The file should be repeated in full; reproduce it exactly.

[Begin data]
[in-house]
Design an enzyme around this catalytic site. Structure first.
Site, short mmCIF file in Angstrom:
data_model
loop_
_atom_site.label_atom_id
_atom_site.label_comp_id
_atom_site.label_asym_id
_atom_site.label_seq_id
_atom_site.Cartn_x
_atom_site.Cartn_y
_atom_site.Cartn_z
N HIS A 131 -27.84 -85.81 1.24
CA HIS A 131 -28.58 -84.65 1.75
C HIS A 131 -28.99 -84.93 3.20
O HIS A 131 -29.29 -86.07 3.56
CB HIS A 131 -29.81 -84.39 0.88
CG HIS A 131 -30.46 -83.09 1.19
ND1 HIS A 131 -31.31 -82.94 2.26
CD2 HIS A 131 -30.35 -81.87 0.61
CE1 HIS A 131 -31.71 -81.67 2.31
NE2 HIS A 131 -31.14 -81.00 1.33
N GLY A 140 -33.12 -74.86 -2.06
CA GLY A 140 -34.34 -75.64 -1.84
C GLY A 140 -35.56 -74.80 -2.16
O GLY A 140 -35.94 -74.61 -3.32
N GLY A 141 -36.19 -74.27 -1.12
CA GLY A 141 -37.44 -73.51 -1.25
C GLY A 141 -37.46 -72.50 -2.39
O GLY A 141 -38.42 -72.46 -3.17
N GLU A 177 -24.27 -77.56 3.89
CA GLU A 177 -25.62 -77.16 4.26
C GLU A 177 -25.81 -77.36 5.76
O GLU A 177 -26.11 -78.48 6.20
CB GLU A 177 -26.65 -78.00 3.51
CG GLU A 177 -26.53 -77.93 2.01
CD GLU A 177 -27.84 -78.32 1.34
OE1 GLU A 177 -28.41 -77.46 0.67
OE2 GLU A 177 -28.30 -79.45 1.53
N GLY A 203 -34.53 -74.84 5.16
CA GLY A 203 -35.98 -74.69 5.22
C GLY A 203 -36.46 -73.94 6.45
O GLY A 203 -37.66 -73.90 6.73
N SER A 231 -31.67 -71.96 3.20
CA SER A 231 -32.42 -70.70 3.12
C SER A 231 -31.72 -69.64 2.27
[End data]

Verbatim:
[in-house]
Design an enzyme around this catalytic site. Structure first.
Site, short mmCIF file in Angstrom:
data_model
loop_
_atom_site.label_atom_id
_atom_site.label_comp_id
_atom_site.label_asym_id
_atom_site.label_seq_id
_atom_site.Cartn_x
_atom_site.Cartn_y
_atom_site.Cartn_z
N HIS A 131 -27.84 -85.81 1.24
CA HIS A 131 -28.58 -84.65 1.75
C HIS A 131 -28.99 -84.93 3.20
O HIS A 131 -29.29 -86.07 3.56
CB HIS A 131 -29.81 -84.39 0.88
CG HIS A 131 -30.46 -83.09 1.19
ND1 HIS A 131 -31.31 -82.94 2.26
CD2 HIS A 131 -30.35 -81.87 0.61
CE1 HIS A 131 -31.71 -81.67 2.31
NE2 HIS A 131 -31.14 -81.00 1.33
N GLY A 140 -33.12 -74.86 -2.06
CA GLY A 140 -34.34 -75.64 -1.84
C GLY A 140 -35.56 -74.80 -2.16
O GLY A 140 -35.94 -74.61 -3.32
N GLY A 141 -36.19 -74.27 -1.12
CA GLY A 141 -37.44 -73.51 -1.25
C GLY A 141 -37.46 -72.50 -2.39
O GLY A 141 -38.42 -72.46 -3.17
N GLU A 177 -24.27 -77.56 3.89
CA GLU A 177 -25.62 -77.16 4.26
C GLU A 177 -25.81 -77.36 5.76
O GLU A 177 -26.11 -78.48 6.20
CB GLU A 177 -26.65 -78.00 3.51
CG GLU A 177 -26.53 -77.93 2.01
CD GLU A 177 -27.84 -78.32 1.34
OE1 GLU A 177 -28.41 -77.46 0.67
OE2 GLU A 177 -28.30 -79.45 1.53
N GLY A 203 -34.53 -74.84 5.16
CA GLY A 203 -35.98 -74.69 5.22
C GLY A 203 -36.46 -73.94 6.45
O GLY A 203 -37.66 -73.90 6.73
N SER A 231 -31.67 -71.96 3.20
CA SER A 231 -32.42 -70.70 3.12
C SER A 231 -31.72 -69.64 2.27